Friday, December 16, 2011

National Air and Space Museum in D.C, “Prepare for Flight”


The National Air and Space Museum has the largest historic collection of aircraft and spacecraft and in addition to that it is the second-most popular of the Smithsonian museums! It is easy to believe that the space reaches an area of 161,145 square feet when it is taken into account that full size aircraft are suspended from the ceiling and displayed on the floor level. This museum is a great place to brush up on aircraft history.

Wikepedia was helpful in supplying facts:

Also visit the official website: 


The interactive exhibits make a visit to the Air and Space museum more exciting. This exhibit allows visitors a glimpse of the inside of an aircraft.


The Spirit of St Louis hangs suspended from the ceiling of the National Air and Space Museum. The aerial view provides a different perspective. It can be viewed from both the first and second floors. Before our tour continues, I would like to uncover some history. The foremost fact that’s in most school textbooks is that The Spirit of St Louis was flown by Charles A. Lindbergh on May 20-21, 1927. He completed the first solo transatlantic flight in history! Even more impressive back in that day, is that it was accomplished in 33 hours and 30 minutes.


This beauty, known as the Boeing X-45A, is specifically designed for combat operations. My interest is not particularly in aircraft, but this swift-wing Boeing spiked aroused my curiosity. Its use is for combat so it carries two internal weapon bays in the fuselage. With the availability of more modern technology, new Boeings have been created such as the C version which has a greater fuel capacity to allow longer flight.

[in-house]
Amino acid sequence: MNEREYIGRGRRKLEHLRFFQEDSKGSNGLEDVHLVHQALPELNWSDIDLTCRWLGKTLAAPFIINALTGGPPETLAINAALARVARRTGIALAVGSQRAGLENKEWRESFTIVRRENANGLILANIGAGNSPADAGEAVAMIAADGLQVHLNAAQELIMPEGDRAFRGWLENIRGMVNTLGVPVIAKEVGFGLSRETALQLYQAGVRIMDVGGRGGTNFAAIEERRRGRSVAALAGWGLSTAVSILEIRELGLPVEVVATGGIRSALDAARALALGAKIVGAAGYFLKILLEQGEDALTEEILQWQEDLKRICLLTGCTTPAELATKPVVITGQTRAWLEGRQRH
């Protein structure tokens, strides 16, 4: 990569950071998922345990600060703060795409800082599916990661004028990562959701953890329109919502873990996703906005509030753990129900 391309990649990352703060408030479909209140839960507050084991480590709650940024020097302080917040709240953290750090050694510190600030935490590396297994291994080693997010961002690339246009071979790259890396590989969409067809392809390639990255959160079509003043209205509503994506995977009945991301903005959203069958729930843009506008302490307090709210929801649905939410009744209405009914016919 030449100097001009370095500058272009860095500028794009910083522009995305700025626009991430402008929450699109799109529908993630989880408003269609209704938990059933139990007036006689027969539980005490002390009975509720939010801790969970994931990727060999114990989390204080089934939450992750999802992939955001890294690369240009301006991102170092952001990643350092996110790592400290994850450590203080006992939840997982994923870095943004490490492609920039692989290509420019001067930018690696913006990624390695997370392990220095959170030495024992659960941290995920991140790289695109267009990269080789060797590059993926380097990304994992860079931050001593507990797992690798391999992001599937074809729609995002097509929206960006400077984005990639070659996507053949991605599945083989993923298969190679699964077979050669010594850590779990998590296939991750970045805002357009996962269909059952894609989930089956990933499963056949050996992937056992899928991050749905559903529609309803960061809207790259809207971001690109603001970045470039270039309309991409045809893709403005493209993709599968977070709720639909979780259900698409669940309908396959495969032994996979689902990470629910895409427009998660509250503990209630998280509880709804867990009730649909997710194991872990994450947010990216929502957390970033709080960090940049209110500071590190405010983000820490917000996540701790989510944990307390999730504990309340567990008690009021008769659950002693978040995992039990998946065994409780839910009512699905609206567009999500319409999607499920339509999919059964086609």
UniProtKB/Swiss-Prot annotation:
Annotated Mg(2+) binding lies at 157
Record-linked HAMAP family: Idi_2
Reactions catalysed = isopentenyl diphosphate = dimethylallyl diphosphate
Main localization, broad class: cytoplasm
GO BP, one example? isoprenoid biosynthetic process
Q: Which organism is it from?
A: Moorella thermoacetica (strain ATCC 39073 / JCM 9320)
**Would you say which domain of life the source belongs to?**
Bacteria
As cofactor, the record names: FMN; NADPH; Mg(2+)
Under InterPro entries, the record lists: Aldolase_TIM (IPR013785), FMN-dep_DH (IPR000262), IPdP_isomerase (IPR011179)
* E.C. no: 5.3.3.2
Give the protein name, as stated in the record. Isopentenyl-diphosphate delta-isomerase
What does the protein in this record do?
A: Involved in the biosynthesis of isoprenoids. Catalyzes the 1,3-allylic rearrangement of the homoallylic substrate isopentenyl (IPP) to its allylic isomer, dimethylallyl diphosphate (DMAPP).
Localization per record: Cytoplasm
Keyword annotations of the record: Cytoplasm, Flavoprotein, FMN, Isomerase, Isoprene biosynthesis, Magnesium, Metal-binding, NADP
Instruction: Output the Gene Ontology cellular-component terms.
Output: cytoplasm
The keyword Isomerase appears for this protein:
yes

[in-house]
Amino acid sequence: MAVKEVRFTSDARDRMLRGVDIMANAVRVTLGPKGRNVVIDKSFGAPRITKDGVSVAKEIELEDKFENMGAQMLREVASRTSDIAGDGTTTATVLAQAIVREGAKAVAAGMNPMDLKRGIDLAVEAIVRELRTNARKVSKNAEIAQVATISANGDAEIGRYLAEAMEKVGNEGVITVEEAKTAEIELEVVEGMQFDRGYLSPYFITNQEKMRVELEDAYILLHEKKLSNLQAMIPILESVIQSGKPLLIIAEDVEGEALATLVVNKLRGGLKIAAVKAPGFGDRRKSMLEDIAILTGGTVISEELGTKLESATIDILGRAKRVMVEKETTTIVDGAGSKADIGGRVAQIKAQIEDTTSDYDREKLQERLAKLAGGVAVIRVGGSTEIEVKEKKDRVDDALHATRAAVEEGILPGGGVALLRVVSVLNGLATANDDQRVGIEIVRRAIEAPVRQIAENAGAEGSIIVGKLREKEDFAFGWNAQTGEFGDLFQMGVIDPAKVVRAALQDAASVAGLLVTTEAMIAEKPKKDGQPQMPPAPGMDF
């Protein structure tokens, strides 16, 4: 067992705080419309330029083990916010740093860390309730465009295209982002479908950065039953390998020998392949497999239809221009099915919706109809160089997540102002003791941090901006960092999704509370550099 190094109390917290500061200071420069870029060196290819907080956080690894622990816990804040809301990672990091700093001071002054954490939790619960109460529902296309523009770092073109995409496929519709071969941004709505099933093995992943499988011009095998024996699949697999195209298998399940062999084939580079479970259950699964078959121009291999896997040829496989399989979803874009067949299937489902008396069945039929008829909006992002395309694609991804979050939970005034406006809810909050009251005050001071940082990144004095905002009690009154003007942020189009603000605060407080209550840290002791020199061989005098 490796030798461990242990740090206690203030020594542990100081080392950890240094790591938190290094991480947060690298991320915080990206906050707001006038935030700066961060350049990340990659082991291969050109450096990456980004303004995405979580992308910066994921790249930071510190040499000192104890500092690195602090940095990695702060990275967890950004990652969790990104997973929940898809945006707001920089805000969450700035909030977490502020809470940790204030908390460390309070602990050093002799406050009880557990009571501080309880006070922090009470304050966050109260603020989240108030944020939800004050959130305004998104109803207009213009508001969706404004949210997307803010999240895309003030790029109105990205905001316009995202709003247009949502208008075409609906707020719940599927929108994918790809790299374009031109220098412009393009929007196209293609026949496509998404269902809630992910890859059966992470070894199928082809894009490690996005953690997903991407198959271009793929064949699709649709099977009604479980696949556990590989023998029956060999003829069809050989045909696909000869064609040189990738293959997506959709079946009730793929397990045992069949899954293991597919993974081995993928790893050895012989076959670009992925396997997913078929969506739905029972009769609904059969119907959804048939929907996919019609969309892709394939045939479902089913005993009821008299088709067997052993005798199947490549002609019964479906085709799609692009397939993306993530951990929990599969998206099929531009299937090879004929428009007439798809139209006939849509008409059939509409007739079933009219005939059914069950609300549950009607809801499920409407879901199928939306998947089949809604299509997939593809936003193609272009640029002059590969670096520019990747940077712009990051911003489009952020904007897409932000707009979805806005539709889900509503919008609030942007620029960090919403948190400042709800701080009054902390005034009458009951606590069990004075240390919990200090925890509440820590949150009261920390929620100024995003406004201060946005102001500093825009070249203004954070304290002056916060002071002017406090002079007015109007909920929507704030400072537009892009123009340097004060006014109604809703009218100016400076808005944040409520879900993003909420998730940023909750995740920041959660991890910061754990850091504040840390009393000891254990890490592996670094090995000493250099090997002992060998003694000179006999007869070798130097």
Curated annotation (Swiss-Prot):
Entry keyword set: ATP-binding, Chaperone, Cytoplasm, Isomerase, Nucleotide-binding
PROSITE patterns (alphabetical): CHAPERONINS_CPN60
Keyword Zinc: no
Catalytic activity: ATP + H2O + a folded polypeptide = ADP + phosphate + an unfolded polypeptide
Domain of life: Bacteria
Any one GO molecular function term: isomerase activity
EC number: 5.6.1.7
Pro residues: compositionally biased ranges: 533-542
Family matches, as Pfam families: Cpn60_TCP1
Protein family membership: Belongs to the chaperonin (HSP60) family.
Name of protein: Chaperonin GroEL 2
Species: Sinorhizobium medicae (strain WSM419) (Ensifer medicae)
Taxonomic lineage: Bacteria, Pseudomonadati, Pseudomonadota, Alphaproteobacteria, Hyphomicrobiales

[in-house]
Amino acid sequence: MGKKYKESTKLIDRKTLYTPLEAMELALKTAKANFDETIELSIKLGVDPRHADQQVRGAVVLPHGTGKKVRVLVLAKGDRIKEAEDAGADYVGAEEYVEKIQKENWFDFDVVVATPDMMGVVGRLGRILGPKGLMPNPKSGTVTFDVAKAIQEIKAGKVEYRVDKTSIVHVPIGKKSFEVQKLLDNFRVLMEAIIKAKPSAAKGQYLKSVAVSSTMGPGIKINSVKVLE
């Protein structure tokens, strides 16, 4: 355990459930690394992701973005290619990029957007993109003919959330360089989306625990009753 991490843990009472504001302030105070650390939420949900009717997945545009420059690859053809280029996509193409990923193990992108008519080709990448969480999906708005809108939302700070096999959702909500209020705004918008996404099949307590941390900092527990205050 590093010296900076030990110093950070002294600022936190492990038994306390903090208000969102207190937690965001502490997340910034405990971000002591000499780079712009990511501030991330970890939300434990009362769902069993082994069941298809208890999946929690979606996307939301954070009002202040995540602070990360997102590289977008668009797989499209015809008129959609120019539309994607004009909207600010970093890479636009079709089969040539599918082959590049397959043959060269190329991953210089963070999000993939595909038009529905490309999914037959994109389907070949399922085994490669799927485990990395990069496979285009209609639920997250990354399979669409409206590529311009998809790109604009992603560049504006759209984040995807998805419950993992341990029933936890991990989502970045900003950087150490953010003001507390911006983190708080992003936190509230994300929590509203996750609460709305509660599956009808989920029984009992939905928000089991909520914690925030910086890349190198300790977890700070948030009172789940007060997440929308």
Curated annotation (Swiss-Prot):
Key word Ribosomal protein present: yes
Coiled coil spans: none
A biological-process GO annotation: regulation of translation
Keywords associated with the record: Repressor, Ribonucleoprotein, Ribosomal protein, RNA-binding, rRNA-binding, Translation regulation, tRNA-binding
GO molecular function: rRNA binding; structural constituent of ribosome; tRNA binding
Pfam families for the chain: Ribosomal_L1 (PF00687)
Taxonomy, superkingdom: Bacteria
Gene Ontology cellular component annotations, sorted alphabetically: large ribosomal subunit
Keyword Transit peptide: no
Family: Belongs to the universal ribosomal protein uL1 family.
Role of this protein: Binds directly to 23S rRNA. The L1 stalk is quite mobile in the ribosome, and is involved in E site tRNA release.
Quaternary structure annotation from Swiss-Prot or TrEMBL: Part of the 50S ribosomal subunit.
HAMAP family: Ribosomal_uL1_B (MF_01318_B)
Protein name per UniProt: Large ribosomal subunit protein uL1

To end this section, I wanted to include this propelled vehicle that reminds me of the movie “Fly Away Home.” The movie is about a young girl who raises a flock of geese and leads them in a vehicle much like this through the migration route.

Exploring the Planets

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Our solar system is what keeps our planets in motion. The sun is what keeps a gravitational hold on the planets to keep them in orbit. I do not believe this was an accident, but the result of a all powerful God who spoke and it was so.


This full-scale replica should help give you an idea of what Voyager 2 really looked like. It visited the realms of the outer planets including Jupiter, Saturn, Uranus, and Neptune. According to Wikipedia on December 15, 2011 of this year, it has been operating 34 years, 3 months, and 25 days!


The Viking program was the most expensive mission ever sent to Mars with a price tag of about 1 billion US dollars! “Its main purpose was to obtain high-resolution images of the Martian surface, characterize the the structure and composition of both the surface and atmosphere, and search for evidence that life on Mars exists” (Wikipedia Viking Program).

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For the billions who will never set foot on the moon, the National Air and Space Museum gives the opportunity to feel part of space travel. Space travel has come a long way and the few that have lost their lives in those efforts, deserve to have their name down in the history books. Though they have not literally fought in battle for our country, they have fought the battle in discovering the secrets of what lies beyond our home planet, Earth. I hope you have enjoyed this tour and I look forward to sharing more entries with you in the future!

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